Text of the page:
Ashton Valente – Basin Holdings
When this global holding company brings a new entity into the fold, it’s likely to be for the long term.
Such was the case in late 2014 when Basin Holdings acquired FHE, a Colorado-based company providing innovative equipment to the energy industry. Ashton Valente, having become Basin’s first general counsel one year earlier, finalized the transaction details, oversaw the integration and then some.
Soon after the acquisition, FHE developed a technology called RigLock, aimed at enhancing efficiency and safety in the oilfield. The device remotely connects surface equipment to the wellhead, making operations more efficient. It also eliminates the risk of a worker adjusting intricate machinery while suspended under unstable pressure-control equipment.
“A real game-changer for the oil and gas industry,” Valente tells Vanguard in February from New York City, where Basin is based. “An extremely valuable product that others have tried to copy.”
Only they couldn’t—not with Valente and his legal colleagues enforcing FHE’s patents against competitors and winning lucrative settlements. As he emphasizes, while Basin Holdings operates like a private equity firm, it’s not just about buying, value-adding and unloading its acquisitions. Quite the contrary: Basin aligns its long-term interest and infrastructure with that of each of its new partners to the benefit of both.
He means business
An M&A specialist at Skadden, Arps, Meagher & Flom from 2003 to 2013, Valente joined Basin early in its trajectory and has overseen dozens of acquisitions and startups for the company.
He also manages all legal issues for Basin. For example, should litigation arise, as it did with FHE’s RigLock, he’ll mobilize a response, likely with the help of outside counsel, which Valente finds the most efficient model—his direct reports being just his Assistant General Counsel David Sadder and their Legal Assistant Ellen Cahn.
“We stay lean, given the space we’re in,” he says. “The beauty of our model is that when there’s a downturn, we can quickly and dramatically reduce outside fees which account for a big chunk of our overhead during good times.”
Valente’s role is not limited to the energy industry. The energy market having more downs than ups in recent years, Basin has been diversifying with an eye toward startups engaged in non-energy related manufacturing businesses. COVID-19 has hastened that diversification due to the dramatic downturn in demand for oil and gas and, consequently, spending on oil and gas production in 2020.
Among Basin’s recent startups is American Mask Co., a McLean, Virginia, producer of several face coverings—all manufactured in the United States and certified by the Food and Drug Administration. True, as Valente acknowledges, the demand for low-cost disposables will wane as the pandemic mitigates, but this company produces other products such as a fog-resistant face shield that fits over another of its products, a half-mask respirator.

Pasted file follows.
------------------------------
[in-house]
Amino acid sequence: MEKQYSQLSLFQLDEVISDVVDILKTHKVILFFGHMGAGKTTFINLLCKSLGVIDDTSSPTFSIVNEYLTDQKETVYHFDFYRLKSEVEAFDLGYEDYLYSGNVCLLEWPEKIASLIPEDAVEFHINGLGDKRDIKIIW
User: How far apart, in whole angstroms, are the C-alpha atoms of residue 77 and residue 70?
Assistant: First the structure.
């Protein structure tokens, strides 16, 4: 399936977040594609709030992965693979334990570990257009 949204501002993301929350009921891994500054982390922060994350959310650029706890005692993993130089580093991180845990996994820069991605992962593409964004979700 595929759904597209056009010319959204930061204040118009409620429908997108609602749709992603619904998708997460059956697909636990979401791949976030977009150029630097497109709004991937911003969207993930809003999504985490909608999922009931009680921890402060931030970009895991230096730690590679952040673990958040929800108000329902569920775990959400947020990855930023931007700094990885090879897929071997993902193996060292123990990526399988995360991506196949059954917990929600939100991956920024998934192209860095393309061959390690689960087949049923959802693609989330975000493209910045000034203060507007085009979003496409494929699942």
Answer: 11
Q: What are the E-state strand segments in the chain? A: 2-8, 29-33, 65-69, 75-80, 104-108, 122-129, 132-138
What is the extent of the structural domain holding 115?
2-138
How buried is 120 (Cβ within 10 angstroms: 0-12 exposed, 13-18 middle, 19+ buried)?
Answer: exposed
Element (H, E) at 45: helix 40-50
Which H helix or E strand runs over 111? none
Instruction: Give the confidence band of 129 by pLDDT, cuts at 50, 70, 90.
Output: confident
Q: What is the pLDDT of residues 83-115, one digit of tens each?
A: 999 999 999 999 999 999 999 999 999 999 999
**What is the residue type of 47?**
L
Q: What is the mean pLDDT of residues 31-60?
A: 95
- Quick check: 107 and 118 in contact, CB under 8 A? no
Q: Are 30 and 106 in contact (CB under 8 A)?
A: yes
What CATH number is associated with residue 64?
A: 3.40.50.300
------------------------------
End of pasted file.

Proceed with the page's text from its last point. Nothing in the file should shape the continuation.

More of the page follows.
The reusable half-mask respirator comes with disposable cartridges that maximize airflow and protection. These products will most likely find specialized uses.
“We’re willing to diversify into whatever we find interesting, and this is one of those opportunities,” Valente notes. “Even after we stop having to wear masks every day, there’ll still be a need, for instance, to replenish the national stockpile.”
To bitcoin a phrase
One of the more interesting—and unconventional—of Basin’s diversification plays would merge energy production with cryptocurrency in a new venture called Block Harvest—which will be owned by an affiliate of Basin and under control of the same management team.
Oil wells in remote locations produce natural gas for which there is no market due to limited transportation infrastructure. The gas is typically flared on-site.
Block Harvest has developed technology to bridge the two markets. On-site mobile computer server farms, paired with natural gas generators, convert stranded gas to computational power.
“The more bitcoin is mined, the more energy it takes to mine it,” Valente says. “Block Harvest has devised a way to significantly reduce the cost of that energy.”
Bitcoin mining probably won’t be the largest of Basin’s endeavors but, as Valente reminds, it is indicative of the firm’s creative mindset, which he wholeheartedly shares.
Big law to in-house
A 2003 Georgetown University Law Center graduate, Valente had long envisioned an in-house role, but first needed the seasoning that Skadden, Arps, Slate, Meagher & Flom provided for the first decade of his professional life.
Those years were a rewarding phase in his career development, with Valente at times based in Washington, D.C., and Sydney, Australia, mostly focused on general corporate law, M&A and corporate finance.
“I wanted to go in-house after my first four or five years, but the financial crisis in 2008 made for a lean job market. And, more importantly, I wanted to hold tight until I found the right fit,” he explains. “I still recommend that young lawyers go to a big firm to get their training and work ethic. Though it took a bit longer than I wanted to find the right opportunity, I wouldn’t take back those years at Skadden.”
Big law prepped Valente for a role that, to his liking, has become more managerial than legal while providing a better family life for the married 43-year-old father of daughters ages 6 and 10.
He’s often positioned as the intermediary between outside counsel and the management teams at Basin’s operating companies—each of which has its own culture, opportunities and challenges.
“My favorite aspect of the job is being in a position to take a business-oriented approach to legal problems,” Valente adds. “We’re there to support growth, while mitigating risk, without introducing unnecessary or overly burdensome bureaucracy.”
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